AYE – Monday

Monday morning I attended Steve Smith's workshop on Virgina Satir's Change Model. The short form of this model (see his popular article for the full skinny) is:

  1. Status Quo. Everything is stable and going well.
  2. A Foreign Element pops up.
  3. The person/group Resists the foreign element's efforts to pull them out of the status quo.
  4. The resistance is overcome and Chaos ensues. The person/group does all sorts of experiments as they search for a way to cope with the chaos.
  5. The person/group stumbles upon a Transforming Idea.
  6. The person/group Integrates the transforming idea into their daily practice.
  7. The person/group reaches a New Status Quo.

This cycle can take minutes or months. We constructed a Change Model Guantlet in order to experience it ourselves by making each step a physical reality through which we passed. I was part of the Chaos step. The five of us identified five components of chaos:

  • Dreamkeeper, who reminds you why you started down this path in the first place.
  • Fearmonger, who tells you all the horrible outcomes which might occur.
  • Million Ideas, who peppers you with possible transforming ideas.
  • Siren, who pulls you back to the original status quo.
  • Distractor, who randomizes you.

When the experiencer-of-change reached us we shouted our respective shouts and pushed and pulled and tugged and rotated the experiencee until the transforming idea managed to pull them out.

Two "stars" ran our Gauntlet. I was fascinated as I watched the effects the various steps of the model had on the star: how comfortable they were in status quo, their apparent bewilderment as they were pulled into chaos, and their relief once a transforming idea took hold and they made it to the new status quo. I realized that while Chaos+Integration is my status quo, that is not true for everyone, and that anything I do to assist others through the cycle will likely be appreciated.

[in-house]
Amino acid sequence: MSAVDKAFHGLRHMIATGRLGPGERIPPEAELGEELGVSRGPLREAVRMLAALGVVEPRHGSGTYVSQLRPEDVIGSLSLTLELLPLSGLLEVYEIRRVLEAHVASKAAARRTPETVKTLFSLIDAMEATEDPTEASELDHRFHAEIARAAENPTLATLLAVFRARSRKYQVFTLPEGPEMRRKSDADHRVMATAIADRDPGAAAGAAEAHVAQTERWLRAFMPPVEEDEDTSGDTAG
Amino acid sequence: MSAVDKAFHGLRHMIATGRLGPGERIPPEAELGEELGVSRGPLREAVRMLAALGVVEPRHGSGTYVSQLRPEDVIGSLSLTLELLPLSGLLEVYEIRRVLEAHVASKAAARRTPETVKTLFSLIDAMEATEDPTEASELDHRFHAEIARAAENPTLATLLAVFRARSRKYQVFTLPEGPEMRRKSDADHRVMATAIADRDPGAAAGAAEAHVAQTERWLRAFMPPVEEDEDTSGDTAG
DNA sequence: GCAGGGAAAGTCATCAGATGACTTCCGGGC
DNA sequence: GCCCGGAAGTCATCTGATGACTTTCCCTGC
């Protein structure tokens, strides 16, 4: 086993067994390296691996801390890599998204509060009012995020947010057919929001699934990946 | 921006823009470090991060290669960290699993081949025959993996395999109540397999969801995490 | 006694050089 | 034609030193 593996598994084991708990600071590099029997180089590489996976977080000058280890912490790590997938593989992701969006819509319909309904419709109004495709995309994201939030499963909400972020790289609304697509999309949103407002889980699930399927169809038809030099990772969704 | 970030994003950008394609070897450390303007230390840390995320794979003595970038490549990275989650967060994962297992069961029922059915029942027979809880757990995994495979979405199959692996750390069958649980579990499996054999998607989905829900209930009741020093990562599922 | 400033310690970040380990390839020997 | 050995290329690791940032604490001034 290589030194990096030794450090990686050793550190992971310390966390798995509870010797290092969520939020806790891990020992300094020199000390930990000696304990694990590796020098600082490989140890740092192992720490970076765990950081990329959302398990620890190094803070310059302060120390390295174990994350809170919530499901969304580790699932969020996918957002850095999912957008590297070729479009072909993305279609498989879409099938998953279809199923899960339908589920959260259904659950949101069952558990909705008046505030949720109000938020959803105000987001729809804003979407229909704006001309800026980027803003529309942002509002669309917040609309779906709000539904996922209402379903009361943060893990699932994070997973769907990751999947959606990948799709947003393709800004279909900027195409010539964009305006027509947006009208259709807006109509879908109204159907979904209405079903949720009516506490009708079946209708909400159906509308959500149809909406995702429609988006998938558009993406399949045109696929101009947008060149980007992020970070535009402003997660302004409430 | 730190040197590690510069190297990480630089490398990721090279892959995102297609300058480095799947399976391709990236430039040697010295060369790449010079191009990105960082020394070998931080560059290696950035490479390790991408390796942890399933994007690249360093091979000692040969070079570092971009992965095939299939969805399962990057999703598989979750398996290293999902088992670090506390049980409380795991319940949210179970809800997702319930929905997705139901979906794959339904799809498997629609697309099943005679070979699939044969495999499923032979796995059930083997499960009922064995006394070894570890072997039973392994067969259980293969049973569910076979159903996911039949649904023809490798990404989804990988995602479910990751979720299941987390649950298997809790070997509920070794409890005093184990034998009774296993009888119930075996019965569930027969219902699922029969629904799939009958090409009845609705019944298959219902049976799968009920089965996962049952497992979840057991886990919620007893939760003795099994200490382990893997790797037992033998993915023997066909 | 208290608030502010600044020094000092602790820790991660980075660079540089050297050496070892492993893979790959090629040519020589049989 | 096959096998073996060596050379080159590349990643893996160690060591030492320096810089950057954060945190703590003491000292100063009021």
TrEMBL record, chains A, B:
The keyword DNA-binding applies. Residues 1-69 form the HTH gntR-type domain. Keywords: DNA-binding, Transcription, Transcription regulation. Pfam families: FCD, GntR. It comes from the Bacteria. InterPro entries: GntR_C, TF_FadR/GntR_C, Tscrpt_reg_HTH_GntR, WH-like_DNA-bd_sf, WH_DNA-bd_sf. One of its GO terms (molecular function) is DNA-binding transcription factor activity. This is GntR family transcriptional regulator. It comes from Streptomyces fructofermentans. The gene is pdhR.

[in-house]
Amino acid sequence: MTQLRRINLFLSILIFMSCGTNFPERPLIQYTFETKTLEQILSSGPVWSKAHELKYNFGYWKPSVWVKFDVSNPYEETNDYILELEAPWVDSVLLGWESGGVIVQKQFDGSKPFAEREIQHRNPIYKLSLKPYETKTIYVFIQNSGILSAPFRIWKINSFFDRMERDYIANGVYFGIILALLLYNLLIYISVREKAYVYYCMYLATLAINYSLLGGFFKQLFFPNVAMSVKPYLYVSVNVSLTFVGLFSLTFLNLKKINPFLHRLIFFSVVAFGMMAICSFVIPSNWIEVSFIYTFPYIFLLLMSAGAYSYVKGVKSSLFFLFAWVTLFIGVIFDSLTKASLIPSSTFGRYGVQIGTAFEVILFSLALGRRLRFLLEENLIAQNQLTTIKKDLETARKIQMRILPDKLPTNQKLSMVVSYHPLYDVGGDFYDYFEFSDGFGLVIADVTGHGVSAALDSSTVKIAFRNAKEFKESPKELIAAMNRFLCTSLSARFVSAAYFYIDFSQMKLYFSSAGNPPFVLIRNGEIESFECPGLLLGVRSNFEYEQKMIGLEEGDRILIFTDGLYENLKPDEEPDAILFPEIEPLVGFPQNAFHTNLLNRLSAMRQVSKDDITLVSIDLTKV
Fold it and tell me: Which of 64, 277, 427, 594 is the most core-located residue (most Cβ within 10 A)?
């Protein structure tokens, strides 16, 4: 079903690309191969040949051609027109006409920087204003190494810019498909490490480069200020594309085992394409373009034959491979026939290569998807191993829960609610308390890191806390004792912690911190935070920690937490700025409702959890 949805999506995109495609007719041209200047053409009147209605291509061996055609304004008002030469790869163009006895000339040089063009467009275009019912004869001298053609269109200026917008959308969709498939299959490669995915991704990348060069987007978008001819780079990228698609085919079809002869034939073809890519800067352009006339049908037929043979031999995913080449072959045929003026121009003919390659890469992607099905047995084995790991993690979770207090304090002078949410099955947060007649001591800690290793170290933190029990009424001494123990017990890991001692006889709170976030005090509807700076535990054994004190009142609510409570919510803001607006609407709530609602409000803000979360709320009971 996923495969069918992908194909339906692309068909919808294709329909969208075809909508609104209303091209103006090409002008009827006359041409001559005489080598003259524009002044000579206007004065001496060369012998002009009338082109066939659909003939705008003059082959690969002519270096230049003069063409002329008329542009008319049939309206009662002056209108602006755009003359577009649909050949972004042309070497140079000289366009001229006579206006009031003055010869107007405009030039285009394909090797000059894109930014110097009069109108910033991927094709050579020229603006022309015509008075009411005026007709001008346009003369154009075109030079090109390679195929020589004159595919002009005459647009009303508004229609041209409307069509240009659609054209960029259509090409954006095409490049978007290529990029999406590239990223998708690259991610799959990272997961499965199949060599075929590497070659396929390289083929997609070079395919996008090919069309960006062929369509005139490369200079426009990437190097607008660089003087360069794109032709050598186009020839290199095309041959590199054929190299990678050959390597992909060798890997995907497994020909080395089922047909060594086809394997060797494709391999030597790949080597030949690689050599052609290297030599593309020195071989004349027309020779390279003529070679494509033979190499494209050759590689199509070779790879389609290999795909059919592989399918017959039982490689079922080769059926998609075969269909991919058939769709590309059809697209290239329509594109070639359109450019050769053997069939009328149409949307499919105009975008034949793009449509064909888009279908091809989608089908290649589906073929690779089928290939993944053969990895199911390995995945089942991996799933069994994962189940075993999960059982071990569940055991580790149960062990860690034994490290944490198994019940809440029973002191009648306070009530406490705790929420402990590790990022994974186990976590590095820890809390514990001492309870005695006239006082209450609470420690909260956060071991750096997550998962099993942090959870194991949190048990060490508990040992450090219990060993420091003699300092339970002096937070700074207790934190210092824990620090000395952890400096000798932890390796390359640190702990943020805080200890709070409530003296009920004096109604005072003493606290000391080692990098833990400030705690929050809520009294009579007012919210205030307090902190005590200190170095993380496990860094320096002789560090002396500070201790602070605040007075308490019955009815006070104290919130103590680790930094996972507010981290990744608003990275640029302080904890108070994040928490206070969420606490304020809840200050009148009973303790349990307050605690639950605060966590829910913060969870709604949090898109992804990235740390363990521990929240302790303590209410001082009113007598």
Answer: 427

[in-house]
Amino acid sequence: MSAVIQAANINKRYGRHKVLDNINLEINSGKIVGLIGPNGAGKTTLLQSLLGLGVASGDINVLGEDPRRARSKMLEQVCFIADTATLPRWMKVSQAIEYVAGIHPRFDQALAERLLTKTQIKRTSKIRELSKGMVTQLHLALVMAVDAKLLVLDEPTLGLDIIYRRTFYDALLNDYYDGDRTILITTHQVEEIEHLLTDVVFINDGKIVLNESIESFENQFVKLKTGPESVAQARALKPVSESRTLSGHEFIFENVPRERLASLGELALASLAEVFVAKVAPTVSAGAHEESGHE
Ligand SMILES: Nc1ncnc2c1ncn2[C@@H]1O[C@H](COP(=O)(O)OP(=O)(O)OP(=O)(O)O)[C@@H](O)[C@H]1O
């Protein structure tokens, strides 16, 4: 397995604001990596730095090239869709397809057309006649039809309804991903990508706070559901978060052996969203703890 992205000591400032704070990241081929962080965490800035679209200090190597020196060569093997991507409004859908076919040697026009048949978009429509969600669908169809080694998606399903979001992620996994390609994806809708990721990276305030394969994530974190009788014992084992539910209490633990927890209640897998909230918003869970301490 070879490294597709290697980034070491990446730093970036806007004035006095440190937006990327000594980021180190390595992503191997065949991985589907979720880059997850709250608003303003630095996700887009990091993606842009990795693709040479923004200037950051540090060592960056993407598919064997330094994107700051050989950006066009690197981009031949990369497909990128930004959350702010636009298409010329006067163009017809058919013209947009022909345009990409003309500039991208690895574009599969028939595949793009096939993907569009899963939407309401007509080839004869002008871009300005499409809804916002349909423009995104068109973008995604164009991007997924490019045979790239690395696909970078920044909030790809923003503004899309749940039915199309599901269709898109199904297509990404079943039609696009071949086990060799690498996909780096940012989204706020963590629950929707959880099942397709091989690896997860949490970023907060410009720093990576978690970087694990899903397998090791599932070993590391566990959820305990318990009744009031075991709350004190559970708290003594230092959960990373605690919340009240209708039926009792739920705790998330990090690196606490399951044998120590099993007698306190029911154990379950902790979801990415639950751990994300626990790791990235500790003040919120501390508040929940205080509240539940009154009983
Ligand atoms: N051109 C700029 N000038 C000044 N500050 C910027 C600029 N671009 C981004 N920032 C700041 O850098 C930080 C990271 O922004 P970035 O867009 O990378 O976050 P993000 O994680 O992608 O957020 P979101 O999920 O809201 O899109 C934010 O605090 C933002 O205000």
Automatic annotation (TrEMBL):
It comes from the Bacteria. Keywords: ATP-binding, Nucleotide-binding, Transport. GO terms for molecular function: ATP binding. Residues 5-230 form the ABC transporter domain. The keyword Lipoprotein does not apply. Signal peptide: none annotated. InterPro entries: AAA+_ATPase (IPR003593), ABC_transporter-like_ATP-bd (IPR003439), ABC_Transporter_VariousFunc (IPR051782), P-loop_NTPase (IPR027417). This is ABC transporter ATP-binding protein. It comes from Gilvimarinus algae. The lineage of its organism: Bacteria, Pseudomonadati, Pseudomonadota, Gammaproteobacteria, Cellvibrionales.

Monday afternoon I took Diana Larsen's session on Leading From The Middle. When she said it could have been called Managing From The Middle I made ready to bolt (if I ever have a direct report my career has failed); then she said it really was about leading and so I stayed put.

Diana gave us seven points to keep in mind as we attempt to balance the concerns and desires of those above and below us:

  • Observe Your Organization: figure out how it works, what its rituals and myths are, how you add value.
  • Learn About Your Leaders: what their values are, how they prefer to take in information, what they want from you.
  • Learn About Your Peers: ditto.
  • Know Yourself: what you fear, how you affect other people, what your blind spots are.
  • Communicate Consistently And Frequently: set up brief regular sync meetings with people above and below you, assume helpful intent even when it appears otherwise, under-promise and over-deliver.
  • Collaborate For Innovation: ask others how you can help them do their job. And be prepared to do seventy percent of the work, because it probably feels more like fifty percent (or less) to the other person.
  • Respond To Changing Conditions: anticipate change, influence changes as you deem necessary, pick your interventions judiciously.

This session was the least useful to me. I didn't learn much new. Also, I felt uncomfortable in the "Relate a time when..." exercises because I usually require a while to come up with specific examples of scenarios from my past (typical big-picture-ignore-the-details NT). I felt Diana was reading directly from the handout at times, which is an instant turn-off for me. (I later found out this was the first time Diana had led this class, which likely explains at least some of her referring-to-notes.)

I did however like the hoot owl whistle she used to call us back from our discussion groups. <g/>

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